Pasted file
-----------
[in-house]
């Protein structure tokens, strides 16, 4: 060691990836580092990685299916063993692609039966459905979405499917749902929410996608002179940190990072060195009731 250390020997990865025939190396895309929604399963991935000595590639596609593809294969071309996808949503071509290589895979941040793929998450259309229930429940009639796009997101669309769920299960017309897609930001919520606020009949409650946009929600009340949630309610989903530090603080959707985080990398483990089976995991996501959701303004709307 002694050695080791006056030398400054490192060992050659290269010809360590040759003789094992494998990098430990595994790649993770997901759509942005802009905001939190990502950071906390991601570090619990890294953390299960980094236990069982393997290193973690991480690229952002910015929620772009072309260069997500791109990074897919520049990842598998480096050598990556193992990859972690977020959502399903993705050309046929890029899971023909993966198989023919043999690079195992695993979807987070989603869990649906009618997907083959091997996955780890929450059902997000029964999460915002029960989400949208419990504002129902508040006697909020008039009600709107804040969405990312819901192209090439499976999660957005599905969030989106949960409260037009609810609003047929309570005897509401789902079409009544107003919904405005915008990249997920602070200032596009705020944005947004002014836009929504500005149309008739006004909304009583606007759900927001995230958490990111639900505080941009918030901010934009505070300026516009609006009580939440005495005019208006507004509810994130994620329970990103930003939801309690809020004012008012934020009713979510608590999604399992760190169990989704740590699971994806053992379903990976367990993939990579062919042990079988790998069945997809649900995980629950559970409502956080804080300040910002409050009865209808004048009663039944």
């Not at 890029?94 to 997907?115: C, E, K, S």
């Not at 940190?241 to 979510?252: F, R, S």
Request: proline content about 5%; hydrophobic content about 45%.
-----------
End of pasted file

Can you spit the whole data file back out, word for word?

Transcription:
[in-house]
């Protein structure tokens, strides 16, 4: 060691990836580092990685299916063993692609039966459905979405499917749902929410996608002179940190990072060195009731 250390020997990865025939190396895309929604399963991935000595590639596609593809294969071309996808949503071509290589895979941040793929998450259309229930429940009639796009997101669309769920299960017309897609930001919520606020009949409650946009929600009340949630309610989903530090603080959707985080990398483990089976995991996501959701303004709307 002694050695080791006056030398400054490192060992050659290269010809360590040759003789094992494998990098430990595994790649993770997901759509942005802009905001939190990502950071906390991601570090619990890294953390299960980094236990069982393997290193973690991480690229952002910015929620772009072309260069997500791109990074897919520049990842598998480096050598990556193992990859972690977020959502399903993705050309046929890029899971023909993966198989023919043999690079195992695993979807987070989603869990649906009618997907083959091997996955780890929450059902997000029964999460915002029960989400949208419990504002129902508040006697909020008039009600709107804040969405990312819901192209090439499976999660957005599905969030989106949960409260037009609810609003047929309570005897509401789902079409009544107003919904405005915008990249997920602070200032596009705020944005947004002014836009929504500005149309008739006004909304009583606007759900927001995230958490990111639900505080941009918030901010934009505070300026516009609006009580939440005495005019208006507004509810994130994620329970990103930003939801309690809020004012008012934020009713979510608590999604399992760190169990989704740590699971994806053992379903990976367990993939990579062919042990079988790998069945997809649900995980629950559970409502956080804080300040910002409050009865209808004048009663039944």
């Not at 890029?94 to 997907?115: C, E, K, S």
């Not at 940190?241 to 979510?252: F, R, S």
Request: proline content about 5%; hydrophobic content about 45%.